|Subject:||Field Trip, Royal National Park|
|From:||"Brian Everingham" <>|
|Date:||Sat, 21 Oct 2000 15:53:53 +1000|
On Saturday, 21st October I took a field trip to Royal National Park for the National Parks Association of NSW (Website: http://www.npansw.org.au). We met at Wattle Forest, across the wooden bridge at Audley and along the western banks of the Hacking River. At 6.00am, under a cloudy sky, we began a birdwatching session. As usual this area of picnic ground and associated riverine rainforest, rehabilitated by excellent bush regeneration, provided an exciting list of birds:
Little Pied Cormorant, Pied Cormorant, Great Cormorant, Darter, Wood Duck, Pacific Black Duck, Grey Goshawk,Dusky Moorhen, Wonga Pigeon, Brown Cuckoo-dove, Sulphur Crested Cockatoo, Little Corella, Eastern Rosella, Fantail Cuckoo, Laughing Kookaburra, Sacred Kingfisher, Azure Kingfisher, Dollarbird, Welcome Swallow, Eastern Yellow Robin, Crested Shrike-Tit, Golden Whistler, Grey Shrike Thrush, Black-faced Monarch, Leaden Flycatcher, Grey Fantail, Willy Wagtail, Eastern Whipbird, Superb Fairy Wren, White-Browed Scrubwren, Yellow-throated Scrubwren, Striated Thornbill, White-throated Treecreeper, Lewin's Honeyeater, Eastern Spinebill, Silvereye, Spotted Pardalote, Magpie-Lark, Grey Butcherbird, Pied Butcherbird, Australian Magpie, Green Catbird, Satin Bowerbird, Superb Lyrebird, Australian Raven.(45 species for that one small area)
We birded until 9.00am and then had a bbq breakfast, a pleasant interlude and made more pleasant because we were joined by NPWS staff Peter Hay and Greg Tedder. Their knowledge of the park and management issues was vital for us and much appreciated.
After the lunch the formal birding for the day was over. Nevertheless, there were more sightings for those who dared, and Royal continues to inspire for the variety of bird life. It truly is a jewel.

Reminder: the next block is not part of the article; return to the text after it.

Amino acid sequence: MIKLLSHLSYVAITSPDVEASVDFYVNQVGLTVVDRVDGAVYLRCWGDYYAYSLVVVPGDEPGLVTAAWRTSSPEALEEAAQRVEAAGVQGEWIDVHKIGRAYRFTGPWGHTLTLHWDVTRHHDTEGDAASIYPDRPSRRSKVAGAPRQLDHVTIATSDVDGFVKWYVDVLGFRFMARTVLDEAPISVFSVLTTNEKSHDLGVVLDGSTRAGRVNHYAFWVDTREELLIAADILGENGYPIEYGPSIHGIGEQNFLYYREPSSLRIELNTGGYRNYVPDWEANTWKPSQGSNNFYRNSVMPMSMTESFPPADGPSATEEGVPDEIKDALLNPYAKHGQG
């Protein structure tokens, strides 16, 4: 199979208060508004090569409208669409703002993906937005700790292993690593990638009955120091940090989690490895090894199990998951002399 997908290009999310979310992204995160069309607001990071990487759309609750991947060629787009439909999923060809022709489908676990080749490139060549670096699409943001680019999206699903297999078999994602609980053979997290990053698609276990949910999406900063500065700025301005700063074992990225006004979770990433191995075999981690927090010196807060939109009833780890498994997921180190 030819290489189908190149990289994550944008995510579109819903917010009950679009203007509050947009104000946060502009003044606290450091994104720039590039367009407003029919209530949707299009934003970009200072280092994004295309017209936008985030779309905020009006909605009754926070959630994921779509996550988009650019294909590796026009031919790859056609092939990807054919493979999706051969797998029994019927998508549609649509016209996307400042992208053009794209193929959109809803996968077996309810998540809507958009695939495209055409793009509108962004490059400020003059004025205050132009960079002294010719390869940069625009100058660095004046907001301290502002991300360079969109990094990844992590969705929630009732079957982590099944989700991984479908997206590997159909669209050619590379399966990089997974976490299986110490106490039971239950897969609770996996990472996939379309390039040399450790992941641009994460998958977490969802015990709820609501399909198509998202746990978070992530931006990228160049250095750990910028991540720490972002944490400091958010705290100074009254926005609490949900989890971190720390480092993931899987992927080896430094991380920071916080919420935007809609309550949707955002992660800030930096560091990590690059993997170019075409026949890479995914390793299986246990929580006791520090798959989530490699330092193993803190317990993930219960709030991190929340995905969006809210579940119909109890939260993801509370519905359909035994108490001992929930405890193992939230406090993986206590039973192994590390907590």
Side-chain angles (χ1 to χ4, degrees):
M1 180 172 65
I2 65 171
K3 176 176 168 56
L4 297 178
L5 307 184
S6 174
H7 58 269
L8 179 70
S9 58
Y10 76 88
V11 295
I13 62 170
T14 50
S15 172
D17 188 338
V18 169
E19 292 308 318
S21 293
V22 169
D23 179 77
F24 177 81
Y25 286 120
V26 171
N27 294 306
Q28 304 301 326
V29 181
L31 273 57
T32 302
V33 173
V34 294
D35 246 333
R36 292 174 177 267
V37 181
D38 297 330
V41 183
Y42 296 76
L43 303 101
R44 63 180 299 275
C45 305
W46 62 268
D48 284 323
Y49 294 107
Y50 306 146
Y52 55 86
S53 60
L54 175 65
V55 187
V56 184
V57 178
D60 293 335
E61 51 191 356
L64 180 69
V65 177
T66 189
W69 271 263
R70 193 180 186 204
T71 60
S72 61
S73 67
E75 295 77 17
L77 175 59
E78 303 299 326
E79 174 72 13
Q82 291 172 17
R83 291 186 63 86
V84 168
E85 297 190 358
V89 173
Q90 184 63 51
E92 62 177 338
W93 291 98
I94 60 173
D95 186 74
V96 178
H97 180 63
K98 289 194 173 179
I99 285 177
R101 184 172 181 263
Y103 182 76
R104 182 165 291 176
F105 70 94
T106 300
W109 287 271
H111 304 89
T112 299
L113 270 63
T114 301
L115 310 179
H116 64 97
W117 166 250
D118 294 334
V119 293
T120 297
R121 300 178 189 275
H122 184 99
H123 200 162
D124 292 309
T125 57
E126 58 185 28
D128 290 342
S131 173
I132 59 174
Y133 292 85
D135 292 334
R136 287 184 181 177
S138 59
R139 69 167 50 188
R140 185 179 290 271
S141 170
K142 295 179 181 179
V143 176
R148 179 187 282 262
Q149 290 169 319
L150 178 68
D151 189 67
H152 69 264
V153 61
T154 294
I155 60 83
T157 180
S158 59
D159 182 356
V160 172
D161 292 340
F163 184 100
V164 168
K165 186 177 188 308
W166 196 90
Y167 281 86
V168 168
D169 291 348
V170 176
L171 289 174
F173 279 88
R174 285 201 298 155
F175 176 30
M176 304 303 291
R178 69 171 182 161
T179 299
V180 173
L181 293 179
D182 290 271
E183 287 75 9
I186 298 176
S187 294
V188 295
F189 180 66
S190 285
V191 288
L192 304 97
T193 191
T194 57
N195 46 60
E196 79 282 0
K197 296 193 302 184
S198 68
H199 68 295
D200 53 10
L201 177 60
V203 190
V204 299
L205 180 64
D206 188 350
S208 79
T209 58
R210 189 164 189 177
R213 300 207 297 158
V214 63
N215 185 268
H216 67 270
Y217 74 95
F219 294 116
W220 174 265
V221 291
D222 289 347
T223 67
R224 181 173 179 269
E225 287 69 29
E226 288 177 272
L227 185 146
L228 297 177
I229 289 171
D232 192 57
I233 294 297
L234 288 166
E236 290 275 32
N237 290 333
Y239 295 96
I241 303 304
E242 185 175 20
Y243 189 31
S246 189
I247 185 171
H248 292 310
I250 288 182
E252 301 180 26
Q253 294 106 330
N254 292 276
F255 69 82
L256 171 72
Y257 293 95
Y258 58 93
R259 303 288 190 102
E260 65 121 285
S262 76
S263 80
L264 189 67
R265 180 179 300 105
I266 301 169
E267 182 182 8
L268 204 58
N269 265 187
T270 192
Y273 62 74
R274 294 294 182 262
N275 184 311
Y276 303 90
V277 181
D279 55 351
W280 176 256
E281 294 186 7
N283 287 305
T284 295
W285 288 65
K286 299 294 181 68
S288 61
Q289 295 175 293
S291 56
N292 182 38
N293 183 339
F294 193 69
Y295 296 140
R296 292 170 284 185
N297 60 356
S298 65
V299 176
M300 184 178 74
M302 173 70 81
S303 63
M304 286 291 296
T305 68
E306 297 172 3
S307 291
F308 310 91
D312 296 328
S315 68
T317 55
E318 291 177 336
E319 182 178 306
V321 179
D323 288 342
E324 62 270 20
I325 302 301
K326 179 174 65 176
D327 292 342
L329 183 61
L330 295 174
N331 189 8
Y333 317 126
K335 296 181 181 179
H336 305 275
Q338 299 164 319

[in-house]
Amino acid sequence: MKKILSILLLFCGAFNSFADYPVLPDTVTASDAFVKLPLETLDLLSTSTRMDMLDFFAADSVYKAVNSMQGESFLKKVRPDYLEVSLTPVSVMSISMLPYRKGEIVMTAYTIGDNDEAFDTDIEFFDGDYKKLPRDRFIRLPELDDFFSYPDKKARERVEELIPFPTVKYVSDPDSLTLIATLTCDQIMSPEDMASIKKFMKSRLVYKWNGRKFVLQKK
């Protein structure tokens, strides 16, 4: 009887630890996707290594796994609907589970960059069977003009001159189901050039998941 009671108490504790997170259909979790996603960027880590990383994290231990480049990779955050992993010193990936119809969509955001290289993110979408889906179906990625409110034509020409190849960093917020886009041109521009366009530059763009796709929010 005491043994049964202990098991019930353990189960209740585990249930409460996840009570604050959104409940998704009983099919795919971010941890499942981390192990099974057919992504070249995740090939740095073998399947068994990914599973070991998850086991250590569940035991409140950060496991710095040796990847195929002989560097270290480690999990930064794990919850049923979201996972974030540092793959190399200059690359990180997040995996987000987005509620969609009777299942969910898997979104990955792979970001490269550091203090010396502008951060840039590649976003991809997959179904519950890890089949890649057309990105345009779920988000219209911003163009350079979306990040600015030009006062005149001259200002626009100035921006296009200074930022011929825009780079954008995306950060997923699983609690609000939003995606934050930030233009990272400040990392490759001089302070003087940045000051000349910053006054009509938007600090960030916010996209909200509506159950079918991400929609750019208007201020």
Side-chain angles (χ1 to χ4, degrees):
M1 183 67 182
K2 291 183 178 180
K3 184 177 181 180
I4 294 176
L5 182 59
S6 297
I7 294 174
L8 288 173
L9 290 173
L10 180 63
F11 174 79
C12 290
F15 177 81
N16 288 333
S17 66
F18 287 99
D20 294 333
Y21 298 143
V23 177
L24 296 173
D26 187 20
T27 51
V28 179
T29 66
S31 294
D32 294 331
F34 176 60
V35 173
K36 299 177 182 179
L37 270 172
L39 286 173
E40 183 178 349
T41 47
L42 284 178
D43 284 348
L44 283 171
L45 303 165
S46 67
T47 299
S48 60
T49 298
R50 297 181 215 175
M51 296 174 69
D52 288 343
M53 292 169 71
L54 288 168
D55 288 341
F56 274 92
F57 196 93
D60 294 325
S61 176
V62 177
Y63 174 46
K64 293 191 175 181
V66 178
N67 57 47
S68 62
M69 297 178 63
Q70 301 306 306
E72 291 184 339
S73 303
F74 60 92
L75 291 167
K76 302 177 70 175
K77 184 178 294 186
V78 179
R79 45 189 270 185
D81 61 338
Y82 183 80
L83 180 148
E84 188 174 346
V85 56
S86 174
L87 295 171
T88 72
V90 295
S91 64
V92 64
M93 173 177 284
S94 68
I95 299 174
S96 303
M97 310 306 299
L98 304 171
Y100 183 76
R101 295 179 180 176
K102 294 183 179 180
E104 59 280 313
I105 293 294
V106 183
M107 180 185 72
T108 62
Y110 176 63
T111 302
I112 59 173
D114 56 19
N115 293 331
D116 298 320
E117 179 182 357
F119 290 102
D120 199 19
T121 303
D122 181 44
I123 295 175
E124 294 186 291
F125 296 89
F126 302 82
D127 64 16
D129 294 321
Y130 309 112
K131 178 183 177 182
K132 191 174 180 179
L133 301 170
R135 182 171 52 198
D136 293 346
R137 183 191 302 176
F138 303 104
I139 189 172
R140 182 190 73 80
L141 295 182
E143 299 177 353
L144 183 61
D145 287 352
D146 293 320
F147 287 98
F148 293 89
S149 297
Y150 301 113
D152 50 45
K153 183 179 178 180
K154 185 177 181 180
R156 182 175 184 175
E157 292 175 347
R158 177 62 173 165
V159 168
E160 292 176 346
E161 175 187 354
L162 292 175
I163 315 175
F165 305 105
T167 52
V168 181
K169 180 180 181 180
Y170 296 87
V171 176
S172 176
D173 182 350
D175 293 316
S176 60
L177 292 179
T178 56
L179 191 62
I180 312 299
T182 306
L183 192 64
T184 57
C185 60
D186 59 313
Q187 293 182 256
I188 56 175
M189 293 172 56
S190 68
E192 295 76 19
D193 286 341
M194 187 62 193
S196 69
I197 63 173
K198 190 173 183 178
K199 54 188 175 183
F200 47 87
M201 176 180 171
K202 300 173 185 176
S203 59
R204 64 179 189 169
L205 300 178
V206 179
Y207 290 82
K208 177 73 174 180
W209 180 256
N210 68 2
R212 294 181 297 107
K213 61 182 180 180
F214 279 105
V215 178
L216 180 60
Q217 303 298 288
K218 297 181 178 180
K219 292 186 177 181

The second session of the day began at the Garrawarra Car park and included a general discussion of park management, fee collection, visitor usage, expectations and pressures to get the mix between providing facilities and protecting the environment. The loop walk we did then showed some of those issues at first hand. It included inspection of a recent fire believed to have been the result of an arson attack, track erosion and track design, weed infestation, shack management, the problem of feral deer (we saw two herds of over 50 in each herd), use of fires and camping in Royal National Park (we visited North Era and saw the new composting toilets) and dumping, littering and other matters related to the heavy use of a park so close to Sydney.
All in all the party was privileged to have had the expertise of Peter and Greg and to have had several members of the Park Management Committee of the NPA along.
The day was certainly a mixed one and just shows the value of a body like the NPA, not only for the opportunity of joining in its field trips, but because of the knowledge of its members and its access to staff of the Service.
|<Prev in Thread]||Current Thread||[Next in Thread>|
|Previous by Date:||*A few of the Birds of French Island*, John Gamblin|
|Next by Date:||Little Bittern\Bushhen, Bill Moorhead|
|Previous by Thread:||*A few of the Birds of French Island*, John Gamblin|
|Next by Thread:||Little Bittern\Bushhen, Bill Moorhead|
|Indexes:||[Date] [Thread] [Top] [All Lists]|
The University of NSW School of Computer and Engineering takes no responsibility for the contents of this archive. It is purely a compilation of material sent by many people to the birding-aus mailing list. It has not been checked for accuracy nor its content verified in any way. If you wish to get material removed from the archive or have other queries about the archive e-mail Andrew Taylor at this address: email@example.com.EDU.AU